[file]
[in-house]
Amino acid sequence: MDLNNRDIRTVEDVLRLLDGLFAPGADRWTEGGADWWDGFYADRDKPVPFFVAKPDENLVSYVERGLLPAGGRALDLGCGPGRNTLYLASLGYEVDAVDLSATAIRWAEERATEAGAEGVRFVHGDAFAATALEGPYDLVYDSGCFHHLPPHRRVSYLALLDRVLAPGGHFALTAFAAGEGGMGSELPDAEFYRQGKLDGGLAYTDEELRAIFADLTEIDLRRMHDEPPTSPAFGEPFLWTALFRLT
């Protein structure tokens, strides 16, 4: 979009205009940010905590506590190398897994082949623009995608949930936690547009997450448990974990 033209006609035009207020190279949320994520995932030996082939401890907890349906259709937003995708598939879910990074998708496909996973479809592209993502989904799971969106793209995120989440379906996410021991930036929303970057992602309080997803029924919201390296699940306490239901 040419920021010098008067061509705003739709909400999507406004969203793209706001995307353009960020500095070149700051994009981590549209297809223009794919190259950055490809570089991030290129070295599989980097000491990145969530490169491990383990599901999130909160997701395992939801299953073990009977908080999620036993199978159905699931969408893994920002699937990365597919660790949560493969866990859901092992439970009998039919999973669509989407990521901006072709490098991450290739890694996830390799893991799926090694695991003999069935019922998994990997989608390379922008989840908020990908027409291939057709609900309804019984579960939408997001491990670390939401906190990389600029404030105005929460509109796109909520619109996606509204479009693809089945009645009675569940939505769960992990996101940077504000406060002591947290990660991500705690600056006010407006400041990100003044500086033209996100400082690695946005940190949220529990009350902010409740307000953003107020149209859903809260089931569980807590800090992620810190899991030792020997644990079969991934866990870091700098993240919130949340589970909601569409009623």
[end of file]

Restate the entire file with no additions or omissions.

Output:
[in-house]
Amino acid sequence: MDLNNRDIRTVEDVLRLLDGLFAPGADRWTEGGADWWDGFYADRDKPVPFFVAKPDENLVSYVERGLLPAGGRALDLGCGPGRNTLYLASLGYEVDAVDLSATAIRWAEERATEAGAEGVRFVHGDAFAATALEGPYDLVYDSGCFHHLPPHRRVSYLALLDRVLAPGGHFALTAFAAGEGGMGSELPDAEFYRQGKLDGGLAYTDEELRAIFADLTEIDLRRMHDEPPTSPAFGEPFLWTALFRLT
């Protein structure tokens, strides 16, 4: 979009205009940010905590506590190398897994082949623009995608949930936690547009997450448990974990 033209006609035009207020190279949320994520995932030996082939401890907890349906259709937003995708598939879910990074998708496909996973479809592209993502989904799971969106793209995120989440379906996410021991930036929303970057992602309080997803029924919201390296699940306490239901 040419920021010098008067061509705003739709909400999507406004969203793209706001995307353009960020500095070149700051994009981590549209297809223009794919190259950055490809570089991030290129070295599989980097000491990145969530490169491990383990599901999130909160997701395992939801299953073990009977908080999620036993199978159905699931969408893994920002699937990365597919660790949560493969866990859901092992439970009998039919999973669509989407990521901006072709490098991450290739890694996830390799893991799926090694695991003999069935019922998994990997989608390379922008989840908020990908027409291939057709609900309804019984579960939408997001491990670390939401906190990389600029404030105005929460509109796109909520619109996606509204479009693809089945009645009675569940939505769960992990996101940077504000406060002591947290990660991500705690600056006010407006400041990100003044500086033209996100400082690695946005940190949220529990009350902010409740307000953003107020149209859903809260089931569980807590800090992620810190899991030792020997644990079969991934866990870091700098993240919130949340589970909601569409009623």